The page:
Spartan-6 Microboard: 16-bit R-2R DAC! [Part One]

So how do you produce a usable, somewhat analog signal out of a purely digital device? Well it’s actually simple; use a R-2R ladder and a bunch of digital pins. Basically we’re turning a dearth of extremely high speed digital IO pins into one high-resolution analog output. Oh, also necessary for this circuit (go ahead and crack out the protoboard and soldering iron) is 3 matched resistor per bit of resolution; so in our case, 48.

A 16-bit R-2R Ladder Schematic

A 16-bit R-2R Ladder Schematic

Fun! Here’s a diagram. So how’s it work? When we drive our 16 outputs with digital logic, each pin has half the voltage range of its leftwards neighbor — due to it being a stacked  voltage divider. This is exactly how you  convert from binary to decimal; each digit has twice the value of one neighbor, and half that of the other (discounting the Most and Least Significant Bits) so we can  convert 1s and 0s into a wide numeric  range of values.

This is probably confusing: I know how it works, and I just confused myself. For a *much* better explanation, refer to this previous post of mine.

We’ve got a  circuit, we know conceptually how it works, how do we make it do? Make…make it do right? This is where my brain started screeching to a halt. Hell, I must be driving with the E-brake on, because this is actually super easy, and explaining why helps to understand VHDL/Verilog.

Firstly, in programming languages, things happen sequentially: A, then B, then conditionally C, for example. In Hardware Description Languages, things happen simultaneously: A <= a and B <= b and C <= c all happen simultaneously. Secondly, all of our analog values we’d want to output, such as 62101 is actually represented in a variable, described thusly:

wire [15:0] our_var

It’s actual designation in the chip is in the form 0b1111001010010101.
This means all we have to do to convert our digital data to our analog output at full clock speed is this:

always @(*) begin
pin15 <= our_var[15]
pin14 <= our_var[14]
pin1 <= our_var[1]
pin0 <= our_var[0]

These all update at the same time, and our output is produced thusly. So, I’ve been dismissing the most major disadvantage? Speed. Lets say we want to make a 16b sine wave. Our speed is limited to f_clk/number_of_levels. So FM is out of the question with this particular implementation (I’m not ruling it out completely, let me know if you know more than I do) but it’s the perfect speed for audio applications.

With a 350MHz DCM, and using 16,384 distinct levels, I can generate a f_max of around 21kHz, well above the range of human hearing. So let me work on getting that code finished, and I’ll return tomorrow. I’ve got my wheels pointed towards the curb, and my E-brake on, and I need a break for the night.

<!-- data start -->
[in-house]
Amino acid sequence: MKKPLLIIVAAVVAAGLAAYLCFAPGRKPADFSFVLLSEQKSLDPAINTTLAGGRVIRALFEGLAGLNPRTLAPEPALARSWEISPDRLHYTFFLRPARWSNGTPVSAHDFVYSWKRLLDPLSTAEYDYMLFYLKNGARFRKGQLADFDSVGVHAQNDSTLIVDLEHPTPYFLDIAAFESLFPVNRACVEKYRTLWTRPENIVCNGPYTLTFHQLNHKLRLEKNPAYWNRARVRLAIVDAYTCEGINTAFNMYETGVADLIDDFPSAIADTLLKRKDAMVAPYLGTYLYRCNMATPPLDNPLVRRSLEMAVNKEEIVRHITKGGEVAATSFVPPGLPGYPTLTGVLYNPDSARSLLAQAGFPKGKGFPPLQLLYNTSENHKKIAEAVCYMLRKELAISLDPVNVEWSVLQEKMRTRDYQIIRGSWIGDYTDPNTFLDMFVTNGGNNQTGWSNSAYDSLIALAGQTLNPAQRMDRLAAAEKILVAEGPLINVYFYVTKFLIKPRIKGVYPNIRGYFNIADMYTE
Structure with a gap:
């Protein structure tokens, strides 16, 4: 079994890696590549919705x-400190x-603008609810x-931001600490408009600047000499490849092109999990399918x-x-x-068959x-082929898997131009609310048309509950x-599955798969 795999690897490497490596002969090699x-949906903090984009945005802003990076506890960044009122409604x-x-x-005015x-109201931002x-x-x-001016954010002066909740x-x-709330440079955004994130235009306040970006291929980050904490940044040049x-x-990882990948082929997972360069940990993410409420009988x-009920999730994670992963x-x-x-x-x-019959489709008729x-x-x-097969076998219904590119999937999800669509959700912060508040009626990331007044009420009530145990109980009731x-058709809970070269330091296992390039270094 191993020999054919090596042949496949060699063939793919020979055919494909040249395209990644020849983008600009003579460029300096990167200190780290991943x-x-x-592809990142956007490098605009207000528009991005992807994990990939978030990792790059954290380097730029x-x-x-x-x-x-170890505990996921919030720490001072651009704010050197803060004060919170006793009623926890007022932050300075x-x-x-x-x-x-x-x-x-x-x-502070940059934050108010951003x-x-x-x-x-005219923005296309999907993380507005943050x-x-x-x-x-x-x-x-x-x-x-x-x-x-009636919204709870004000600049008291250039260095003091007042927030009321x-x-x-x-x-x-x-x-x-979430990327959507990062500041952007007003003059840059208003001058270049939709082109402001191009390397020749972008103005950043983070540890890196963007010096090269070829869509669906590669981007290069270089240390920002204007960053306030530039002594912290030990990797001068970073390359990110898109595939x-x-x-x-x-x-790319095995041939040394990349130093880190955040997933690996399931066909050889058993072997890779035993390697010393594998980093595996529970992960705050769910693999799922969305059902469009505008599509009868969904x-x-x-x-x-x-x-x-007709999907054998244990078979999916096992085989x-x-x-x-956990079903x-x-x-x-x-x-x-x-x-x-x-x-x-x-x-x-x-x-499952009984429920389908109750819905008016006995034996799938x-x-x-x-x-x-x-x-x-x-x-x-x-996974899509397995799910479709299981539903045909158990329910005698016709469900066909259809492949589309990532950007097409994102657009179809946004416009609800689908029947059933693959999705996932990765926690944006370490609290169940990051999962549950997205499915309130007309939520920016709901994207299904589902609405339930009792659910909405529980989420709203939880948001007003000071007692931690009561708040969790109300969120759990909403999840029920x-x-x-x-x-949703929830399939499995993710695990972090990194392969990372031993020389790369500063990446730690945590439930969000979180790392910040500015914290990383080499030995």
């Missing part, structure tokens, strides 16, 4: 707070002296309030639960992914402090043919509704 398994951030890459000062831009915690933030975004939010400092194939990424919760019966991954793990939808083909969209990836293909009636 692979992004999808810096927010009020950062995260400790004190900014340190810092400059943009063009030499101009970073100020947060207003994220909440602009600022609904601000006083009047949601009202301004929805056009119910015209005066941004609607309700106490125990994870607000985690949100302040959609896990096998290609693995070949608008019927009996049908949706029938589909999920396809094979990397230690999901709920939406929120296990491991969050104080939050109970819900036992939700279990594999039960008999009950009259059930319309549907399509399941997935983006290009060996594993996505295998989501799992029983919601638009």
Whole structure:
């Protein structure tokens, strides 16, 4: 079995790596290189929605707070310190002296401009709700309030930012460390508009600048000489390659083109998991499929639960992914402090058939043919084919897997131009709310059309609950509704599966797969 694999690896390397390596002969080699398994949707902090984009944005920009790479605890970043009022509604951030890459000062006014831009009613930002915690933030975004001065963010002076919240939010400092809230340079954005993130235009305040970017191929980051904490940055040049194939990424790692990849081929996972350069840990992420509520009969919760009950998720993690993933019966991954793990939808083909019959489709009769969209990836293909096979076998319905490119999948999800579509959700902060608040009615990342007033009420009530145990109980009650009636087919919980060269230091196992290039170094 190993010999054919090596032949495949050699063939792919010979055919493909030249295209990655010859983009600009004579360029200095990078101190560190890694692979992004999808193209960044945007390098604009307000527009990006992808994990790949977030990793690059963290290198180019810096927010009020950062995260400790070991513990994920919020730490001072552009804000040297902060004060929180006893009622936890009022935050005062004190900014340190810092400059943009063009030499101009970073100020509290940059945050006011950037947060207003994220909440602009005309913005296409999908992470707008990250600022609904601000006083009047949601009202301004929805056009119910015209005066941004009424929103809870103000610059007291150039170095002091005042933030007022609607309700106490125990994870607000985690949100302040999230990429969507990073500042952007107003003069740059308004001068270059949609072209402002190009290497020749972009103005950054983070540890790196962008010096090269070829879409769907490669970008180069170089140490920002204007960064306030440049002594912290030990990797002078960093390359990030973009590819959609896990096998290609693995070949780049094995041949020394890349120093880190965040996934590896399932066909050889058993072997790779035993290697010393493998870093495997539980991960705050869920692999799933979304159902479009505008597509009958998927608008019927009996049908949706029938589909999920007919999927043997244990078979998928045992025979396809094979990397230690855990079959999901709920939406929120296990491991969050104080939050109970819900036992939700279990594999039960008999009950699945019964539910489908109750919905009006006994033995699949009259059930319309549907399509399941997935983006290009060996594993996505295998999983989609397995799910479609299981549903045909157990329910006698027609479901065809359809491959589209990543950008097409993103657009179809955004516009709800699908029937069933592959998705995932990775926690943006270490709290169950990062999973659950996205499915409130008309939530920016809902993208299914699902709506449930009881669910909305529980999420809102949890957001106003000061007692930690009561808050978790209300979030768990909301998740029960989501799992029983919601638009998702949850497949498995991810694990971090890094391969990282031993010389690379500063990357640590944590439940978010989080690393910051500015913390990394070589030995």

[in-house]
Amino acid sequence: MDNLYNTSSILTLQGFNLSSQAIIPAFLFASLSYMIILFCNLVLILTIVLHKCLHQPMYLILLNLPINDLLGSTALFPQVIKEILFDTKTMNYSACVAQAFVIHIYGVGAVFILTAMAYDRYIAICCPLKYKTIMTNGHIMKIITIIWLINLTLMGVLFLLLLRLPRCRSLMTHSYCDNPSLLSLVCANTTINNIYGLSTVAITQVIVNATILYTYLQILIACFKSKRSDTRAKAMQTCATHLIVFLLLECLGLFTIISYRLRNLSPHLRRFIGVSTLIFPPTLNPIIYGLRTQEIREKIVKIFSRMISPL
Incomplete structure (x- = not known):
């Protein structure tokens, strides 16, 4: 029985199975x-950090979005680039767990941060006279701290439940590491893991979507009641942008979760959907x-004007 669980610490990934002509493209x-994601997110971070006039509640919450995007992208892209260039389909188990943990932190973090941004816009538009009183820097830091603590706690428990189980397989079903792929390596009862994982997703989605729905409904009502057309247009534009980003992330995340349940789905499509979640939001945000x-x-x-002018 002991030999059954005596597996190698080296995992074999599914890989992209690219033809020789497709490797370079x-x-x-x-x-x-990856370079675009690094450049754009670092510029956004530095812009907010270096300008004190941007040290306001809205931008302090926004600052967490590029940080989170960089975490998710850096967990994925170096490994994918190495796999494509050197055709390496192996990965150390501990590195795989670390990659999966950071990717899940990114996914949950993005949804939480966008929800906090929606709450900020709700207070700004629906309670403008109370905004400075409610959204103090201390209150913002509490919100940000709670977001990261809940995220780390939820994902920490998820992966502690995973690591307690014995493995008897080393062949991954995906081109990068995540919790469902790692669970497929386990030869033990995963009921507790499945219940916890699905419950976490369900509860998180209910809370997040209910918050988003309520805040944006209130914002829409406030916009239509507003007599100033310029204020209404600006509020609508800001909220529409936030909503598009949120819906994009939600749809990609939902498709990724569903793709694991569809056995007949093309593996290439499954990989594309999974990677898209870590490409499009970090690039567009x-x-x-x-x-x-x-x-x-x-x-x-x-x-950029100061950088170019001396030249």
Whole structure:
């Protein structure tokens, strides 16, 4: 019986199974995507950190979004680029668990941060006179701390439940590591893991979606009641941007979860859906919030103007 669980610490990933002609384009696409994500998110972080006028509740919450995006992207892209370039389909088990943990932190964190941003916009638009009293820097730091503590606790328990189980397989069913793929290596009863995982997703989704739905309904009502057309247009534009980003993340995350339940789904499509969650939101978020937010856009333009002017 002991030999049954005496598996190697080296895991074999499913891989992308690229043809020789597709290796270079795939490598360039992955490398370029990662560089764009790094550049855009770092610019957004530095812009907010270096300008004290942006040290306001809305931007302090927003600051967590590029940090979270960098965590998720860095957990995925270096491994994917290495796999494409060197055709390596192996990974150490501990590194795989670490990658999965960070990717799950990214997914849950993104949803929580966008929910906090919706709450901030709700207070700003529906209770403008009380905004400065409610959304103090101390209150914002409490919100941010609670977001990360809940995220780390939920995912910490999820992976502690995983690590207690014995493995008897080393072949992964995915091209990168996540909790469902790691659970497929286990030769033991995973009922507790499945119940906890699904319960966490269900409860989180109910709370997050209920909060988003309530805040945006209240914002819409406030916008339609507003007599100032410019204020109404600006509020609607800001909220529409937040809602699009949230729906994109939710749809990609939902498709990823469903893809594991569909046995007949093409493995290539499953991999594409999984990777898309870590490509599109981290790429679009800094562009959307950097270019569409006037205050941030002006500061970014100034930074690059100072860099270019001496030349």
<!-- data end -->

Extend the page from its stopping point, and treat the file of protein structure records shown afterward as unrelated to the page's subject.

Spartan-6 Microboard: Firing It Up!

S6 Microboard powered via USB Mintyboost

S6Microboard powered via USB Mintyboost

I promised this article 4 days ago. I apologize. I’ve made it worth it.

Getting this project running was a bit of a beast. Not the development or implementation, those are based on public code, previously tested on this device. No, the trouble was in figuring out exactly how to program/load this board, driver issues, and how to code for this board. That is all now figured out.

I started by finding this set of articles by this Duane Benson fellow (they are topically listed at the bottom). He gives good, fairlyunderstandable instruction, but some aspects are just plain incorrect. In one article, he explains how you must use exclusively the micro-USB for programming, when in reality, you must use the full size USB port.

You will need the CP210x driver, but don’t bother trying to get it from Avnet’s malignant tumor of a website. Download it directly from Silicon Labs. (by the way, the CP210x series chips are extremely interesting, they have a USB-to-I2S adapter I’d like to experiment with…) Once you have the drivers squared away, plug it in, we’re cookin’ with gas now!

Okay, so how do you actually get information into the board: enter Matthew Galloway, or his site at least. This is what you need, and pretty much everything you need to get this thing blinking: his Blinkenlights tutorial. You’ll also want to download a copy (me not trusting the site) of the S6Microboard Manual which gives the names of the physical locations on the board.

Got blinkenlights? Good. Now were ready for the next project: tomorrow.

I promise.

Discovering FPGAs Series by Duane Benson:

*This is not yet a complete listing of this series, and this series is continuing

What’s This All About?
Opening the Package
Sorting Out the Pins
Flashing the LEDs
More About the UCF
Adding LEDs & Modifying the Verilog
Bringing Up the IDE
Creating the .BIT File
Loading the .BIT File
Playing With LEDs & Switches
Adding in the Switches
Driving a 7-Segment Display
The ChipScope Virtual Logic Analyzer
Alternative Latching Strategies
Getting to Grips With ChipScope
Observing Switch Bounce With ChipScope
Modules in Modules
Creating a Logic Analyzer
Selecting a Syntax
Building a Two-Stage Synchronizer
My Logic Analyzer Takes Shape
Debugging a Motor Driver
Becoming a Clock Wizard
I See Clocks Everywhere!

MQ3 (or MQ303a) Alcohol Sensor Arduino Guide

This little device is wonderful, for parties at least. Accuracy wise, it’s not much more than a toy (without some opamps for signal amplification and filtering) but I digress. Just plugged right straight into an Arduino will be plenty of fun, assuming you read the datasheet.

To wire this properly, check out this diagram, which will get further explanation after the break.
Continue reading

Create a free website or blog at

%d bloggers like this: